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 Table of Contents  
Year : 2016  |  Volume : 28  |  Issue : 4  |  Page : 462-464

Mucocele of tongue: A rare case report

1 Department of Oral Medicine and Radiology, Annasaheb Chudaman Patil Memorial Dental College, Dhule, Maharashtra, India
2 Department of Oral Medicine and Radiology, School of Dental Sciences, Krishna Institute of Medical Sciences Deemed University, Karad, Maharashtra, India
3 Department of Orthodontics, Annasaheb Chudaman Patil Memorial Dental College, Dhule, Maharashtra, India

Date of Submission24-Feb-2016
Date of Acceptance30-Jan-2017
Date of Web Publication21-Feb-2017

Correspondence Address:
Dr. Abhijeet R Sande
Department of Oral Medicine and Radiology, School of Dental Sciences, Krishna Institute of Medical Sciences Deemed University, Karad, Maharashtra
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Source of Support: None, Conflict of Interest: None

DOI: 10.4103/jiaomr.JIAOMR_22_16

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The mucocele or mucus retention phenomenon is a salivary gland lesion possibly due to a traumatic origin, which is formed when the main duct of a minor salivary gland is torn with subsequent extravasation of the mucus into the fibrous connective tissue such that a cyst like cavity is produced. Mucoceles most commonly occur on the lower lip, followed by the floor of the mouth, with buccal mucosa being the next most frequent site.

Keywords: Cyst, extravasation, mucocele, mucus

How to cite this article:
Khalekar YJ, Sande AR, Zope A, Suragimath A. Mucocele of tongue: A rare case report. J Indian Acad Oral Med Radiol 2016;28:462-4

How to cite this URL:
Khalekar YJ, Sande AR, Zope A, Suragimath A. Mucocele of tongue: A rare case report. J Indian Acad Oral Med Radiol [serial online] 2016 [cited 2022 Oct 6];28:462-4. Available from: https://www.jiaomr.in/text.asp?2016/28/4/462/200632

   Introduction Top

Mucoceles are one of the most common benign soft tissue masses that occur in the oral cavity. Mucoceles (muco – mucus and coele – cavity) by definition are cavities filled with mucus.[1] All cystic lesions of the minor salivary glands, collectively and clinically referred to as mucoceles, are described as either the extravasation type or the retention type. The term mucus extravasation phenomenon (or escape reaction) is used when mucus has been extruded into the connective tissue and is surrounded by a granulation tissue envelope. The term mucus retention cyst is used to describe a cyst with retained mucin, which is lined by ductal epithelium.[2]

Mucoceles are usually formed secondary to rupture of an excretory duct of a salivary gland, which leads to an outpouring of saliva into the surrounding tissues.[3],[4] Because there is no epithelial lining surrounding the mucin, it is categorized as a false cyst or pseudocyst. In contrast, a mucus retention cyst is a true cyst, lined with epithelium. This type of cyst appears to be caused by epithelial proliferation of a partially obstructed salivary duct.[5] On clinical presentation, mucoceles are usually single, although more than one may be present at any given time. Regardless of their location, they present as soft painless swellings, with a normal or bluish color. It is fluctuant and movable because of its mucinous contents. The diameter may range from a few millimetres to a few centimetres. If left without intervention, an episodic decrease and increase in size may be observed, corresponding to rupture and subsequent mucin production.[6]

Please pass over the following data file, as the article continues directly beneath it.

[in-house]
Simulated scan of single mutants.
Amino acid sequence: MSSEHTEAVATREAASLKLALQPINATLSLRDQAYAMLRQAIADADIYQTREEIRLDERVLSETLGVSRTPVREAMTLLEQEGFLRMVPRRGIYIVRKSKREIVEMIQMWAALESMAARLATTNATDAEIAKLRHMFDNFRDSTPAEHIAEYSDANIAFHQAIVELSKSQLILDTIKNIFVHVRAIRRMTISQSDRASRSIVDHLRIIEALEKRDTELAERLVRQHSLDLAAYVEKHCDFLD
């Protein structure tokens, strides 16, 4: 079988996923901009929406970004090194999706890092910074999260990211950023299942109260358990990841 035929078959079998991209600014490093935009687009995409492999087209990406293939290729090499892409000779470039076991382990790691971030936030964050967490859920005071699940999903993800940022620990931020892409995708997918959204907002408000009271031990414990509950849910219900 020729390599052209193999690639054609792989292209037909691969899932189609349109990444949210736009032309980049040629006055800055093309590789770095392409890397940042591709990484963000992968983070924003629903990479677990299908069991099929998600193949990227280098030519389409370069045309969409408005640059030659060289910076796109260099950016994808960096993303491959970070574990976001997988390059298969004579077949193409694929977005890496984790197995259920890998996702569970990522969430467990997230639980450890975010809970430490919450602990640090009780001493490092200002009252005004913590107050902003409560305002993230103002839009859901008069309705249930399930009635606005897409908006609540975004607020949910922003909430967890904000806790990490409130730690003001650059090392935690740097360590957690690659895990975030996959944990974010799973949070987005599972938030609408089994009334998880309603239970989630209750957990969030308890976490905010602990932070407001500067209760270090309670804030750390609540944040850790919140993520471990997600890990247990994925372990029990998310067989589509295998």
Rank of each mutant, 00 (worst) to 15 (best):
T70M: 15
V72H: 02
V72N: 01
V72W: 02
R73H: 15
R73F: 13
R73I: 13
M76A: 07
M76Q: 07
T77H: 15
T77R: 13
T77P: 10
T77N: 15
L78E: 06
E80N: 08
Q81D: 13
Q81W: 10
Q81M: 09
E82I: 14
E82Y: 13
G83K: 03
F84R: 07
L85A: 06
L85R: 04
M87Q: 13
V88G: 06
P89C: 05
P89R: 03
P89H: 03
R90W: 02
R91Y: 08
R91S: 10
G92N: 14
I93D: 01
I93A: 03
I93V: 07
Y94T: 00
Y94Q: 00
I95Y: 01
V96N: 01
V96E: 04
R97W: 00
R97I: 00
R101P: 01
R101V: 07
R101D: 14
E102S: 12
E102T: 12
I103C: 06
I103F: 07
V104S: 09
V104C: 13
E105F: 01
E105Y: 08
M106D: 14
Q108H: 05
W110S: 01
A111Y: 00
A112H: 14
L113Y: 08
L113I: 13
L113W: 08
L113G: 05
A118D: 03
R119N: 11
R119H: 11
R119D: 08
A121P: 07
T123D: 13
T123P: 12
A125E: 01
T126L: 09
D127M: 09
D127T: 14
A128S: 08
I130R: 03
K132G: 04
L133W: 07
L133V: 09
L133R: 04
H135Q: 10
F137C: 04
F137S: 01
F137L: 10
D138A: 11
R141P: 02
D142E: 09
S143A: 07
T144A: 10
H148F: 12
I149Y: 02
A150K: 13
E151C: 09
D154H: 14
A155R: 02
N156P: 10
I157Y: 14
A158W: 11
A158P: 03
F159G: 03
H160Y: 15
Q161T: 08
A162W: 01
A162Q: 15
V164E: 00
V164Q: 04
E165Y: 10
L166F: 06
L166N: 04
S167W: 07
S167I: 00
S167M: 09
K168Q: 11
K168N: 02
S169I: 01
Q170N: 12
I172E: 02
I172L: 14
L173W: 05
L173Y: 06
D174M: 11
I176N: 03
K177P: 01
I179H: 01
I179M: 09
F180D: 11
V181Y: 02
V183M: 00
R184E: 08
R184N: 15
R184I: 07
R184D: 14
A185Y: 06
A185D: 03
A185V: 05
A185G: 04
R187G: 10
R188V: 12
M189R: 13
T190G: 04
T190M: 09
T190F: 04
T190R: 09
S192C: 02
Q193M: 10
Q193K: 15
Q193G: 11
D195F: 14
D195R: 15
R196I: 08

Case Report Top

A 26-year-old female reported with the chief complaint of swelling and pain on the ventral surface of the tongue. The swelling was round-to-oval in shape with a bluish discoloration, measuring approximately 1 × 2 cm in dimension with no history of bleeding or any discharge from the swelling. There was no visible pulsation. On palpation, it was fluctuant and nontender [Figure 1]. Diascopy test was negative. The patient had been aware of the swelling for approximately 2 months but denied any episodic increase or reduction in size. Rest of the medical and dental history was noncontributory. Based on the clinical examination and history, a provisional diagnosis of mucocele was made. Patient was subjected to ultrasonographic examination which revealed a solitary uniformly hypoechoic image without any calcification [Figure 2]. Excisional biopsy was performed and the wound was closed with sutures. The biopsy sample was immediately fixed in 10% formalin and sent for histologic evaluation. The histopathologic report suggested connective tissue stroma with extravasation of mucin with mucinous exudates devoid of demarcation. The pathologic report suggested extravasation type mucocele [Figure 3].
Figure 1: Intraoral photograph showing mucocele involving ventral surface of the tongue

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Figure 2: Ultrasonographic image of the mucocele

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Figure 3: Histopathologic image of the mucocele

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   Discussion Top

The human tongue contains three distinct sets of minor salivary glands, namely, the glands of Von-Ebner, the glands of Weber, and the glands of Blandin and Nuhn. The glands of Blandin and Nuhn are mixed mucus and serous glands that are embedded within the musculature of the ventral surface of the anterior tongue. They are not lobulated or encapsulated. Each gland is approximately 1–8 mm wide and 12–25 mm deep and consists of several small independent glands. They drain by means of 5–6 small ducts that open near the lingual frenum. These glands extend laterally and posteriorly from the midline, forming a mass resembling a horseshoe with its opening pointing towards the root of the tongue.[1] They have been postulated to be the result of trauma to the ventral surface of tongue that results in rupture of the draining ducts. The solitary, smooth, nodular submucosal lesions of the tongue can be clinically differentiated as schwannoma, neurofibroma, rhabdomyoma, lymphangioma, fibroma, lipoma, leiomyomas, inflammatory lesions such as fibroepithelial polyp, and benign salivary gland tumors and mucocele.[7]